Will You Annotate? I Would Prefer Not To.

While I was reading Melville’s Bartleby, the Scrivener, I have to say I definitely preferred reading the story on its own, without any annotations. I could simply focus on the story itself and my own reactions to it.

When I began to read the annotated versions, I found I often felt frustrated. Many of the annotations offered potential interpretations of the text, which made me feel as though I was being robbed of the chance to interpret the story in my own way. It also felt as though I was letting other people do all the thinking for me. Perhaps if I had waited for a longer period of time in between reading the story on my own and reading the annotated versions, this frustration would not have been as strong. Presumably I would have had more of a chance to process and really ponder the story if I had waited longer.

Another frustration was how distracting the annotations were. Some of the annotations were entirely frivolous– for example, one annotation of the word ‘luny’ was simply a .gif of Homer Simpson. Even when they were not frivolous, the annotations could still be overwhelming or distracting from the story. In general, I found almost all annotations with images or video to be especially distracting, and they felt jarring to me.

I must admit, though, that there were times when I enjoyed the annotations. Occasionally, an annotation would explain a phrase, term, or cultural concept I didn’t understand, and I actually appreciated this. It enhanced my ability to understand the story, hopefully without overwhelming me with too much context or background information. There were also a few annotations that genuinely made me laugh (one simply was titled “Laugh at this” and said ‘It’s a joke’) while simultaneously being informative. I also sometimes appreciated that the annotations made me consider new interpretations. For instance, a small series of annotations suggested the possibility of homoerotic subtext to the story, which I had not before considered.

Another thing I noticed was how different my reactions were to the two different annotation websites. I strongly preferred Slate over Genius. Slate’s visual layout was clean, uncluttered, and it was still easy to read the text itself. The annotations were not very intrusive and it was much easier to ignore them if I wished to. Overall, I also felt the quality of the annotations from Slate was a lot higher. (That said, the annotations could also provide excessive information or give interpretations that I felt were reading an awful lot into things.) Finally, the tagging system on Slate was a nice bonus, making the annotations very well-organized.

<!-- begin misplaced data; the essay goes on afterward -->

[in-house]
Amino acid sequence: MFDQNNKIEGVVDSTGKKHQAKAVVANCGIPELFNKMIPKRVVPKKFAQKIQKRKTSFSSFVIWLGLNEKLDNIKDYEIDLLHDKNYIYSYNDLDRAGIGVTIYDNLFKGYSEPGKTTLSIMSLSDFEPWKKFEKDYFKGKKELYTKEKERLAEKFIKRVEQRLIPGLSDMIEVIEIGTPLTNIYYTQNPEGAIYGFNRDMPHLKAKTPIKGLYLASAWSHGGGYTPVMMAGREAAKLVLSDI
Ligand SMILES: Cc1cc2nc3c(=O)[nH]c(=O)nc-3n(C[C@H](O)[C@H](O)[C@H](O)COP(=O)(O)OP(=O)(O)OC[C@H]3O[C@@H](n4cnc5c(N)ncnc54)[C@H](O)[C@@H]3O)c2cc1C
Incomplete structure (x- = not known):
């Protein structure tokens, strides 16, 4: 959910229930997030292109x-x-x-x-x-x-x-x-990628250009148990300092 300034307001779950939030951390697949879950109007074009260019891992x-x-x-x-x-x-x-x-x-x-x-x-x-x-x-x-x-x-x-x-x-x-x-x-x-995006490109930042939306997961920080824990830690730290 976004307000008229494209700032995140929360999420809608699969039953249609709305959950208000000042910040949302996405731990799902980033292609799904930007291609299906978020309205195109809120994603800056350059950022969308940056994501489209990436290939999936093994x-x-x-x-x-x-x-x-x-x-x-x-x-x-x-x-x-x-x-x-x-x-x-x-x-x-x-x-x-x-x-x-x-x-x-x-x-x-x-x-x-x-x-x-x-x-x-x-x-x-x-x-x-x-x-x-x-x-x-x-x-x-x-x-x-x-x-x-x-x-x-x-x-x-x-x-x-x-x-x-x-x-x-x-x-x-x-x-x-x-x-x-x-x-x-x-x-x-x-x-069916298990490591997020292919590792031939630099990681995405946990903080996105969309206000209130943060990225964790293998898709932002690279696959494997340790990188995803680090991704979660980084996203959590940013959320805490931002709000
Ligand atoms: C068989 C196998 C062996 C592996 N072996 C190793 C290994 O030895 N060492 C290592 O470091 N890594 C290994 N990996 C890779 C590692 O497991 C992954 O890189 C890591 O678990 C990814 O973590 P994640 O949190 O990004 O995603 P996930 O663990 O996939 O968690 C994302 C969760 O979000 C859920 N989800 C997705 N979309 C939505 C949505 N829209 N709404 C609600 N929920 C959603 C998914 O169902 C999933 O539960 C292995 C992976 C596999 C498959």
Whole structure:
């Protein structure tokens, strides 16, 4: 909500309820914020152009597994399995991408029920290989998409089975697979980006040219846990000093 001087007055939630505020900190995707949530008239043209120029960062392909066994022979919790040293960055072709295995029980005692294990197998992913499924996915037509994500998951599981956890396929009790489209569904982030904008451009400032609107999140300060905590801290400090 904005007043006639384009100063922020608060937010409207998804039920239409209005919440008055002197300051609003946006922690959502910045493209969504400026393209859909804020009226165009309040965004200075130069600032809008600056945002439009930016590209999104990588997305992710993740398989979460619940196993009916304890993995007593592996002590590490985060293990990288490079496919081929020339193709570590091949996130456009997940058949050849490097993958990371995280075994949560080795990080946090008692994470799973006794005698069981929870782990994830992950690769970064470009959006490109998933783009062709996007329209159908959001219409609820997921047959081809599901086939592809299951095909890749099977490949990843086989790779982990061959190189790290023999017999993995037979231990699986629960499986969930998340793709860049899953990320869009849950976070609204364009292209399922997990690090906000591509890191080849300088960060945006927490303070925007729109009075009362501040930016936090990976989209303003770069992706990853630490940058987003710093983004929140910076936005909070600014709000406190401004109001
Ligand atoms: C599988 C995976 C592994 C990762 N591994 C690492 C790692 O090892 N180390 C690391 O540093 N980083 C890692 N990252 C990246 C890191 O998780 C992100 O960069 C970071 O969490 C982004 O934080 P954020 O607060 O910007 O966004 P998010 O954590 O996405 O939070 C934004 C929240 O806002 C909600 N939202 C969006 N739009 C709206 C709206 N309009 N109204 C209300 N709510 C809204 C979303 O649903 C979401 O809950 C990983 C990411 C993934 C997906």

Genius, meanwhile, impressed me a lot less. All the highlighted text was very ugly and distracting and the visual layout felt a lot clunkier and constrained. The extra interactable features to the annotations (being able to up vote, down vote, share or suggest an improvement) added a ridiculous level of distraction. I also found the content of the annotations to be of lower quality. Additionally, those writing the annotations tended to state their interpretations as if they were fact, which annoyed me.

However, Slate clearly has a professional staff creating their web pages and writing their annotations. Genius, on the other hand, is composed of crowdsourced annotations. This could certainly explain the differences I found. It only makes sense the quality of annotations from Genius would vary a great deal. This is still no excuse for a poor visual layout, though.

All things considered, I feel there’s much I can take away from this when writing my own annotations. I may not be able to control the visual layout of Hypothesis, but I can control the content of my annotations, in the very least. I will strive to give my own interpretations very rarely, and allow the reader to think on their own and draw their own conclusions. I will try my best to avoid frivolous annotations just for the sake of humor– they should actually have something to say. And if there is an area that I feel could benefit from further context, I will try not to overwhelm the reader with a massive wall of text that gives too much context.